Well! I’m mortified! As an (almost) life-long rock fan, how I’ve missed out on this seminal blues-rock band completely floors me! They’ve been around since 1965 and have been touring continuously since then, making them one of the longest running bands in existence.
In the mid 60s, the British Blues Explosion developed out of the R&B boom that was the launchpad for the Beatles, Stones, Kinks, Yardbirds. The two foremost bands were John Mayall’s Bluesbreakers (featuring a young Eric Clapton) and Savoy Brown’s Blues Band featuring Kim Simmonds, and together with Fleetwood Mac, Jethro Tull, Chick Shack and Ten Years After, they were known as the “Big Six” blues bands. As one of the pioneers of the new blues movement, Savoy Brown gave a platform to emerging bands in other areas of the UK, and then to others who would become global stars. The list includes Ten Years After, Jethro Tull, ZZ Top, the Doobie Brothers to name but a few, not to mention former members of the band who went on to join hugely well-known bands including King Crimson, F;leetwood Mac, Black Sabbath, the Kinks and UFO. And three of them – Lonesome Dave Peverett, Roger Earl, and Tony Stevens, went on to become the founding members of the multi-platinum act Foghat. Not a bad heritage!!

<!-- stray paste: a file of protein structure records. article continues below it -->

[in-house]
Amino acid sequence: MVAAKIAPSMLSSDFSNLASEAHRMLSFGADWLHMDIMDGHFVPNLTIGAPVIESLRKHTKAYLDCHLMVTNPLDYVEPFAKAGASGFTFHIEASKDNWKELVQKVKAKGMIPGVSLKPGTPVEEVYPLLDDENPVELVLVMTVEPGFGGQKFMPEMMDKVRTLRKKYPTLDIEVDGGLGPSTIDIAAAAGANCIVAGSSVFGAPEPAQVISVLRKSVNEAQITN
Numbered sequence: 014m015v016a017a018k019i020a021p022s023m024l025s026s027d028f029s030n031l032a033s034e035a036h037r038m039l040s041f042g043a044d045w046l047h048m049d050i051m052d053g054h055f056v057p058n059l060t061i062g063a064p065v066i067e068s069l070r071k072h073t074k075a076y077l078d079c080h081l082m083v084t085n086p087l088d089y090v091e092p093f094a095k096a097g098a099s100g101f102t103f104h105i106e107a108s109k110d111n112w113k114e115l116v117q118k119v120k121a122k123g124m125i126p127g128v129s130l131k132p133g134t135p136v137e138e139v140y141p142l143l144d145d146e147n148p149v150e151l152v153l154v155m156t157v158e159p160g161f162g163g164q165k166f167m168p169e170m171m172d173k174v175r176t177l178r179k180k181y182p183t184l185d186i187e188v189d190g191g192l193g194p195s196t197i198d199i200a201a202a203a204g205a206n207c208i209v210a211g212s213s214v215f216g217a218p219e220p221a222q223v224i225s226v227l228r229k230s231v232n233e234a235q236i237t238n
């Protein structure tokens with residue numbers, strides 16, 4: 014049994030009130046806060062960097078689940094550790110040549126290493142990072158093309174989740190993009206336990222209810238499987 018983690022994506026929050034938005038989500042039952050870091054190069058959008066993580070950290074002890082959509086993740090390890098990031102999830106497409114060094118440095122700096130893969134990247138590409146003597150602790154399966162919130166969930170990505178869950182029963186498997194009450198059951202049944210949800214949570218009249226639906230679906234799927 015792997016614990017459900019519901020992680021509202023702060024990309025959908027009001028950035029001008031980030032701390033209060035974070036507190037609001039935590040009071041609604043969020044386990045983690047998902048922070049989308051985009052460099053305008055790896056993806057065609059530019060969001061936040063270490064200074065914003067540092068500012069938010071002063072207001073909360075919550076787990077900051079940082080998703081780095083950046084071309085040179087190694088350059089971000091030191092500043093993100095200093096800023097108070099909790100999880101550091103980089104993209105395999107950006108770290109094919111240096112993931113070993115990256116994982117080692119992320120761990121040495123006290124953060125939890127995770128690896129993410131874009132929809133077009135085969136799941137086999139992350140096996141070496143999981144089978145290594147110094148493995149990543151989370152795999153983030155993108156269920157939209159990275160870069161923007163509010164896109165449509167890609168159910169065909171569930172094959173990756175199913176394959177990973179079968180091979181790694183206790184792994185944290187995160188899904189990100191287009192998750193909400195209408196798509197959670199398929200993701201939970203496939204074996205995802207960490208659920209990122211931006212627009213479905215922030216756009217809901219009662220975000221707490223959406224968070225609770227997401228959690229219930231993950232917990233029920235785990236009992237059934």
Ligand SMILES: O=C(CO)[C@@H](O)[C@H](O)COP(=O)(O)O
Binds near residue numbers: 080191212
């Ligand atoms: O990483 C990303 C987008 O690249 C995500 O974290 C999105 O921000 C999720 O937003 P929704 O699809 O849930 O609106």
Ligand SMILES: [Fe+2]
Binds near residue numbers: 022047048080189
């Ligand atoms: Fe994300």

Guitarist and singer Kim Simmonds has been the group’s guiding hand from their formation in London through to the band’s newest effort, their forty-first album Ain’t Done Yet to be released August 28, 2020. The new album follows their critically acclaimed 2019 album, City Night. Witchy Feelin’, the band’s 2017 album, reached #1 on the Billboard Blues Chart, echoing their 70’s successes when their albums Looking In and Hellbound Train, featured high in the Billboard Top Forty charts.
Energetic blues has been the calling card of the band from the beginning, and to me that’s what makes the band stand out and be so appealing to mainstream rock fans. Blues can quite often (to my mind) sound “a bit thin” to rock-fans’ ears, despite the quality of the musicianship, but Savoy Brown have a denser, definitively rocky band sound that does the business for me, almost grungy at times. It puts me in mind of Crazy Horse, Neil Young’s superlative backing band (who I think have featured in moreorless all NYs greatest moments).